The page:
In an interview published in Entertainment Weekly (June 19), Fox says "working with Michael Bay is not about an acting experience." Fair enough. Director Bay has a knack for kinetic film action and wastes no time on tedious character stuff. But somehow, the first Transformers, at about the same running time, seemed more interesting than Fallen. Meanwhile, I am eagerly awaiting Fox's first acting experience. Rated PG-13 for intense sequences of sci-fi action violence, language, some crude and sexual material and brief drug material. 150m. At the Broadway, Mill Creek, Minor and Fortuna.

THE PROPOSAL. The Proposal should have been a nice alternative for those viewers, perhaps mostly female, who are looking for alternatives to the summer guy films. After all, it's a romantic comedy starring the very likeable Sandra Bullock along with an appropriately hunky guy in Ryan Reynolds (Adventureland; X-Men Origins: Wolverine). Furthermore, it mines the seemingly inexhaustible plot of The Taming of the Shrew, wherein the uppity woman is brought down and then salvaged by the appropriately manly man -- always a winner.

But didn't we just see this film earlier this year when New in Town was released? In that film, Renée Zellweger plays a driven Miami executive brought low by Harry Connick Jr. when she's transferred to Minnesota. In The Proposal, Bullock plays publishing executive Margaret Tate who is brought low when she accompanies forced fiancé Andrew Paxton (Reynolds) to rural Alaska. What is it about moving north for these luckless Type-A women? And why do they always have to wear completely inappropriate clothes, such as high heels?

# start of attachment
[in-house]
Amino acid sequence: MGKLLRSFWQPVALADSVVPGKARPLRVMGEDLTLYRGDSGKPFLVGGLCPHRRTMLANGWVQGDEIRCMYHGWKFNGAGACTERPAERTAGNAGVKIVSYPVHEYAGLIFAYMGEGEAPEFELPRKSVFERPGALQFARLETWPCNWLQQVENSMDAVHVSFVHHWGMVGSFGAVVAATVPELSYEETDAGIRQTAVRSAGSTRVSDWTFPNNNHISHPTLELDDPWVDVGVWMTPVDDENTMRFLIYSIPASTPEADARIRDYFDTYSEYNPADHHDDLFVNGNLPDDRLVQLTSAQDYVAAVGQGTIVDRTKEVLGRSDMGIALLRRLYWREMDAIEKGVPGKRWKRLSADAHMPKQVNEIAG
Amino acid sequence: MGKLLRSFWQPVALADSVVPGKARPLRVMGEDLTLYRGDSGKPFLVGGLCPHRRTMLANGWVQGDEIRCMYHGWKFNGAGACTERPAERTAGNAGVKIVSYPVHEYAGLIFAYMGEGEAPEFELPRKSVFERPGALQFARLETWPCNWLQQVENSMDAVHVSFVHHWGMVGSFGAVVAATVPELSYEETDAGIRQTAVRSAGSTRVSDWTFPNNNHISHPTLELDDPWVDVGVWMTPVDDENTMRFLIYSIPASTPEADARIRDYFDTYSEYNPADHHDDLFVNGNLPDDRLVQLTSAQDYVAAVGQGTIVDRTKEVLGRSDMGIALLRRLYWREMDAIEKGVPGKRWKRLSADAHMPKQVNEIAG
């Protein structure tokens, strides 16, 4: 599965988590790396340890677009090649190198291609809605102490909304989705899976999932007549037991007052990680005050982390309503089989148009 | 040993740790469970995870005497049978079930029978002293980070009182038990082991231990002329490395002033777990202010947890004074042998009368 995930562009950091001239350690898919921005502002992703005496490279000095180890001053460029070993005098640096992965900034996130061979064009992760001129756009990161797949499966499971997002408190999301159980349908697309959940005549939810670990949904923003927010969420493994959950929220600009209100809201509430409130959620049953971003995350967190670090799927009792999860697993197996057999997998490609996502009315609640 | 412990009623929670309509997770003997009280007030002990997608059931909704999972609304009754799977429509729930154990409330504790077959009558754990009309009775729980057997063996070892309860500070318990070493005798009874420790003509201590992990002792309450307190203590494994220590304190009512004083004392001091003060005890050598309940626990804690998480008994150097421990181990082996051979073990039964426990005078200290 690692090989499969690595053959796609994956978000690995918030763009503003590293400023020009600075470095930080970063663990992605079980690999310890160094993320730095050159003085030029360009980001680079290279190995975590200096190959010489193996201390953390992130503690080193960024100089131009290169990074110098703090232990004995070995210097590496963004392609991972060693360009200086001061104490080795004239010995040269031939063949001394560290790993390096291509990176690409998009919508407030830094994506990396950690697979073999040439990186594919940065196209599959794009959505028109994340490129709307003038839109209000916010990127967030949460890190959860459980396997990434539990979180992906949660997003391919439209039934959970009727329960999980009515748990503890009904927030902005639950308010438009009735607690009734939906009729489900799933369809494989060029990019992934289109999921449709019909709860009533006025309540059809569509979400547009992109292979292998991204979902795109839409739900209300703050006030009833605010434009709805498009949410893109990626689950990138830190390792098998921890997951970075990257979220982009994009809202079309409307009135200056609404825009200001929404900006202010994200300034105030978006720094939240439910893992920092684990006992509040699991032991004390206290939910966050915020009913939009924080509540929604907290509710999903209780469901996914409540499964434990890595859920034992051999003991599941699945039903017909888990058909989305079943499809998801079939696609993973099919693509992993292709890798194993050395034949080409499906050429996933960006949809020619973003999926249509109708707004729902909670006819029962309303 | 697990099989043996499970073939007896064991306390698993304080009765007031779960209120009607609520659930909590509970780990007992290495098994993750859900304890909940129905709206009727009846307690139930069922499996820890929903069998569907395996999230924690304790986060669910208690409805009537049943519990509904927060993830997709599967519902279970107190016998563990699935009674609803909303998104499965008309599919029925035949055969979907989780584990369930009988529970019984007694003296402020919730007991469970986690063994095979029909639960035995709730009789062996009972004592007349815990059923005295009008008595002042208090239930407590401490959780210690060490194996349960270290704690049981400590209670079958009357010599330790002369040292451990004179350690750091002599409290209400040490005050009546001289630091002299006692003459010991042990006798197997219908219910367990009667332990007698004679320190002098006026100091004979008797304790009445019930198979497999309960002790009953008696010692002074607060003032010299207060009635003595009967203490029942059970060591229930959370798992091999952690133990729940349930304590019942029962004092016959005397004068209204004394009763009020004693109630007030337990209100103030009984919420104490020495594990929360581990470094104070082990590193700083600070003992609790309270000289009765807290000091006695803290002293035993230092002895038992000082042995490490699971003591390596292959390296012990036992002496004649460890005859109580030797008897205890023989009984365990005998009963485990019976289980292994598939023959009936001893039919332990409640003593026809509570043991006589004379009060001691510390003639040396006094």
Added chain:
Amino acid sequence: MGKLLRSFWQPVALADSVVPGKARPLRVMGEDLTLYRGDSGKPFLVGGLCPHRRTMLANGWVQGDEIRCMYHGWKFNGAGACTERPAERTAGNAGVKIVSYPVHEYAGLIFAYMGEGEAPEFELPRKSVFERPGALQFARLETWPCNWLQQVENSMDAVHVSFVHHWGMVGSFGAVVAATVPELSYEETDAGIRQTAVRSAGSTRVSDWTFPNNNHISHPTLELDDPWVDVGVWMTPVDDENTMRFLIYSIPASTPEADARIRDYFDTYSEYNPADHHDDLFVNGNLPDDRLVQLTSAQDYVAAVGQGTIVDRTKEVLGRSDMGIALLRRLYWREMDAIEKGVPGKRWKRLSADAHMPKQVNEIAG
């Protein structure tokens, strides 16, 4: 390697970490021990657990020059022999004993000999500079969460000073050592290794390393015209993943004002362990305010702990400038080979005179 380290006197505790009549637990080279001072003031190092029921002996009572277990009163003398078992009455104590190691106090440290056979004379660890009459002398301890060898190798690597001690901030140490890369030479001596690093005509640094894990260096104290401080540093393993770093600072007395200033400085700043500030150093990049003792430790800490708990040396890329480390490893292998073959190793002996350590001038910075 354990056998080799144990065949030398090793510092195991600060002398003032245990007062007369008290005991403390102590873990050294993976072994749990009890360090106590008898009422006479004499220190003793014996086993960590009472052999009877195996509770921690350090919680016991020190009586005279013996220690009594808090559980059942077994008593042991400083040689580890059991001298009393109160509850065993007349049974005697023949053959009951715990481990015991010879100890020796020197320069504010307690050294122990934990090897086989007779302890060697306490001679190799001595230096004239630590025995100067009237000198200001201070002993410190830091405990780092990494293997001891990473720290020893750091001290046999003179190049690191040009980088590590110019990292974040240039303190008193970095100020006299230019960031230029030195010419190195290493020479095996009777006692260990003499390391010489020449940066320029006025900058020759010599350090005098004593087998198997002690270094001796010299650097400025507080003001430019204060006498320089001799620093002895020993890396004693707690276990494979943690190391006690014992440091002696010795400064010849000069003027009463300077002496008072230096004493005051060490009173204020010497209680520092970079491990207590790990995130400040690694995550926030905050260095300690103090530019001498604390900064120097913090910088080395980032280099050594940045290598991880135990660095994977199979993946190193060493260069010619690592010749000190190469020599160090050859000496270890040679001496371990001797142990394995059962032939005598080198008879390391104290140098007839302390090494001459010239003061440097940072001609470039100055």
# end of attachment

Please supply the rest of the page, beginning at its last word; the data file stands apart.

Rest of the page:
All of these elements must be in the genre manual that director Anne Fletcher apparently followed. Fletcher has already shown that she is adept at romantic comedy clichés in 27 Dresses, and she follows form here in a series of sequences that sink both comedy and romance.

Writers must be getting desperate to find new setups for the genre. Here, from the moment Margaret forces Andrew to become her fiancé to avoid deportation to Canada (the horrors!), there are no further surprises. I do like Bullock a lot more than Zellweger, but unhappily she is given nothing interesting to do. Sort of like my summer film experience. Rated PG-13 for sexual content, nudity and language. 108m. At the Broadway, Mill Creek and Fortuna.

MY SISTER'S KEEPER. My Sister's Keeper taps into two well-established Hollywood genres: the weepie and the social problem film. The former was a 1930s staple, with such classics as Stella Dallas, while the 1940s generated at least two major problem films with The Best Years of Our Lives (readjustment to civilian life) and The Lost Weekend (alcoholism). Based on the 2004 novel by popular author Jodi Picoult, My Sister's Keeper taps into the weepie, generating a dying teen daughter plot, and into the ethical issue of control over one's body, in this case that of an 11-year-old.